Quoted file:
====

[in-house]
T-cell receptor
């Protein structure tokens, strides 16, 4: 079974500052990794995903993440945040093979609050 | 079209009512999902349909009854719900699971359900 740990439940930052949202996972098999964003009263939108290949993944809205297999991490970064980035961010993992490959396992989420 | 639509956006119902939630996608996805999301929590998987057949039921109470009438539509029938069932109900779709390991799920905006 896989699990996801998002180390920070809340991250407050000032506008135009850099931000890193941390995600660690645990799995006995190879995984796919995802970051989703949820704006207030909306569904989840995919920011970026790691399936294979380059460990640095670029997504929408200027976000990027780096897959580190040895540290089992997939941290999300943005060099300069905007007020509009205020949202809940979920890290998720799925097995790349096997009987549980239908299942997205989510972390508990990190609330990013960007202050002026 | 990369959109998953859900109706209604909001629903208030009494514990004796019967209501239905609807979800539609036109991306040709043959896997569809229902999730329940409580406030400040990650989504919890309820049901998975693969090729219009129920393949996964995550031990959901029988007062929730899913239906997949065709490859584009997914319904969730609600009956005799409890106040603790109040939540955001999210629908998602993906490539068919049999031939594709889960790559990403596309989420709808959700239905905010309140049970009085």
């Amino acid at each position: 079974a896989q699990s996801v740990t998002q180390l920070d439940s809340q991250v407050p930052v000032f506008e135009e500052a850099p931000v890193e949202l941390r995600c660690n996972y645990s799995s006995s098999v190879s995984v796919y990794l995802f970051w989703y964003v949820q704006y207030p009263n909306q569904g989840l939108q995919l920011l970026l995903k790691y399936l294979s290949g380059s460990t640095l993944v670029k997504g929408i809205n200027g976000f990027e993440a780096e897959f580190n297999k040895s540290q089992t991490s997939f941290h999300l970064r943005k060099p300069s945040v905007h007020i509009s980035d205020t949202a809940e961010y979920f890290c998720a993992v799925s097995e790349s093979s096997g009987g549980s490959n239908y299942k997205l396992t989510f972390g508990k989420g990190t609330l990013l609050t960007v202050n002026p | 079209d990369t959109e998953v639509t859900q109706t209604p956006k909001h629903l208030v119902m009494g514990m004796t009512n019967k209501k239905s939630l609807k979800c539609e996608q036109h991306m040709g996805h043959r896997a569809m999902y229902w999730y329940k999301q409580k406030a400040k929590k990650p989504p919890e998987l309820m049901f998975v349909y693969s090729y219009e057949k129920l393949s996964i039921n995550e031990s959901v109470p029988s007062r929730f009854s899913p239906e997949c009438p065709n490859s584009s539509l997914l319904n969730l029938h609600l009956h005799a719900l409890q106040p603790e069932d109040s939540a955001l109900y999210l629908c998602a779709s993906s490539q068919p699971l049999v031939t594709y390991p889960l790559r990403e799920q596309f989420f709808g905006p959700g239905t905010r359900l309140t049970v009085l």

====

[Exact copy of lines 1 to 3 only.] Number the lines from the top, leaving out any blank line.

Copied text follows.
[in-house]
T-cell receptor
């Protein structure tokens, strides 16, 4: 079974500052990794995903993440945040093979609050 | 079209009512999902349909009854719900699971359900 740990439940930052949202996972098999964003009263939108290949993944809205297999991490970064980035961010993992490959396992989420 | 639509956006119902939630996608996805999301929590998987057949039921109470009438539509029938069932109900779709390991799920905006 896989699990996801998002180390920070809340991250407050000032506008135009850099931000890193941390995600660690645990799995006995190879995984796919995802970051989703949820704006207030909306569904989840995919920011970026790691399936294979380059460990640095670029997504929408200027976000990027780096897959580190040895540290089992997939941290999300943005060099300069905007007020509009205020949202809940979920890290998720799925097995790349096997009987549980239908299942997205989510972390508990990190609330990013960007202050002026 | 990369959109998953859900109706209604909001629903208030009494514990004796019967209501239905609807979800539609036109991306040709043959896997569809229902999730329940409580406030400040990650989504919890309820049901998975693969090729219009129920393949996964995550031990959901029988007062929730899913239906997949065709490859584009997914319904969730609600009956005799409890106040603790109040939540955001999210629908998602993906490539068919049999031939594709889960790559990403596309989420709808959700239905905010309140049970009085």